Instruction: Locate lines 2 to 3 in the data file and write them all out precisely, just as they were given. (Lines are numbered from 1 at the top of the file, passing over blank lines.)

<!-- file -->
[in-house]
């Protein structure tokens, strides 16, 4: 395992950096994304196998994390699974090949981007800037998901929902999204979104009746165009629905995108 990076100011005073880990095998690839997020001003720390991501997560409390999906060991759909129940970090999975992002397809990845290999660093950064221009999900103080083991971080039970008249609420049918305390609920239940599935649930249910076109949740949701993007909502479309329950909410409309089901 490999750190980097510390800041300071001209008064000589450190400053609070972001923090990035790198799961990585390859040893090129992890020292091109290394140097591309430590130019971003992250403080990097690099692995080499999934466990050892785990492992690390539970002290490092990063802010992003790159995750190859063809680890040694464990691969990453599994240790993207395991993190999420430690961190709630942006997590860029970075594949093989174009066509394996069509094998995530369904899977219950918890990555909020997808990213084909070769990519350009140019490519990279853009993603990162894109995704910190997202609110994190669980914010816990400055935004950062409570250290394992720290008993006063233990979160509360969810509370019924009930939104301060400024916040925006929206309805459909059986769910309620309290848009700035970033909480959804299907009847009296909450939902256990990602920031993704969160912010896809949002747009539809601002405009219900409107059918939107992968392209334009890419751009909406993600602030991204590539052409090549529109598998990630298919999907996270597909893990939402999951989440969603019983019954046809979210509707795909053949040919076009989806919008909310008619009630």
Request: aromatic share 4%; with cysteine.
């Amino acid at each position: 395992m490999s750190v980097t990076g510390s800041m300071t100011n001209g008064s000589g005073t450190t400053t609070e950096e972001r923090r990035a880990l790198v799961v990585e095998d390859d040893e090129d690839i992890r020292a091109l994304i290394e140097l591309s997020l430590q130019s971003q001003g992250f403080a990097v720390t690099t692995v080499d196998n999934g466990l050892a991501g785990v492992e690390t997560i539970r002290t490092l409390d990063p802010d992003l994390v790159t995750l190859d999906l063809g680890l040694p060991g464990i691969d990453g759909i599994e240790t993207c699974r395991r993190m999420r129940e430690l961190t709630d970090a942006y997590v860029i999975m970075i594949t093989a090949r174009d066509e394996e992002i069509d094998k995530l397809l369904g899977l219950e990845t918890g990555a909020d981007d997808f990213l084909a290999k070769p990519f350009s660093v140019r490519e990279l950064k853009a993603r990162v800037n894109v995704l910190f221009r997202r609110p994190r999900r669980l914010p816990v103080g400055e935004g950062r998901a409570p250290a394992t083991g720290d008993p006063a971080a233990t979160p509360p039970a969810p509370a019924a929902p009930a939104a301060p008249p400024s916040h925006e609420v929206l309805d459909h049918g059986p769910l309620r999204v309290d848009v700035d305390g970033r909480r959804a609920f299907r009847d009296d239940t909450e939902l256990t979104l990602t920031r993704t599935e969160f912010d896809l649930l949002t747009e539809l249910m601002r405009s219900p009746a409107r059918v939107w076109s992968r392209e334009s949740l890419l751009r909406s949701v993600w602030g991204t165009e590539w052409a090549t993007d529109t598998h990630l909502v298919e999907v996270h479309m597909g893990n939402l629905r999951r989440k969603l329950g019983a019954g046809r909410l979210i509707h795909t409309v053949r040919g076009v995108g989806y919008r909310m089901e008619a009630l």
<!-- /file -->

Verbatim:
């Protein structure tokens, strides 16, 4: 395992950096994304196998994390699974090949981007800037998901929902999204979104009746165009629905995108 990076100011005073880990095998690839997020001003720390991501997560409390999906060991759909129940970090999975992002397809990845290999660093950064221009999900103080083991971080039970008249609420049918305390609920239940599935649930249910076109949740949701993007909502479309329950909410409309089901 490999750190980097510390800041300071001209008064000589450190400053609070972001923090990035790198799961990585390859040893090129992890020292091109290394140097591309430590130019971003992250403080990097690099692995080499999934466990050892785990492992690390539970002290490092990063802010992003790159995750190859063809680890040694464990691969990453599994240790993207395991993190999420430690961190709630942006997590860029970075594949093989174009066509394996069509094998995530369904899977219950918890990555909020997808990213084909070769990519350009140019490519990279853009993603990162894109995704910190997202609110994190669980914010816990400055935004950062409570250290394992720290008993006063233990979160509360969810509370019924009930939104301060400024916040925006929206309805459909059986769910309620309290848009700035970033909480959804299907009847009296909450939902256990990602920031993704969160912010896809949002747009539809601002405009219900409107059918939107992968392209334009890419751009909406993600602030991204590539052409090549529109598998990630298919999907996270597909893990939402999951989440969603019983019954046809979210509707795909053949040919076009989806919008909310008619009630």
Request: aromatic share 4%; with cysteine.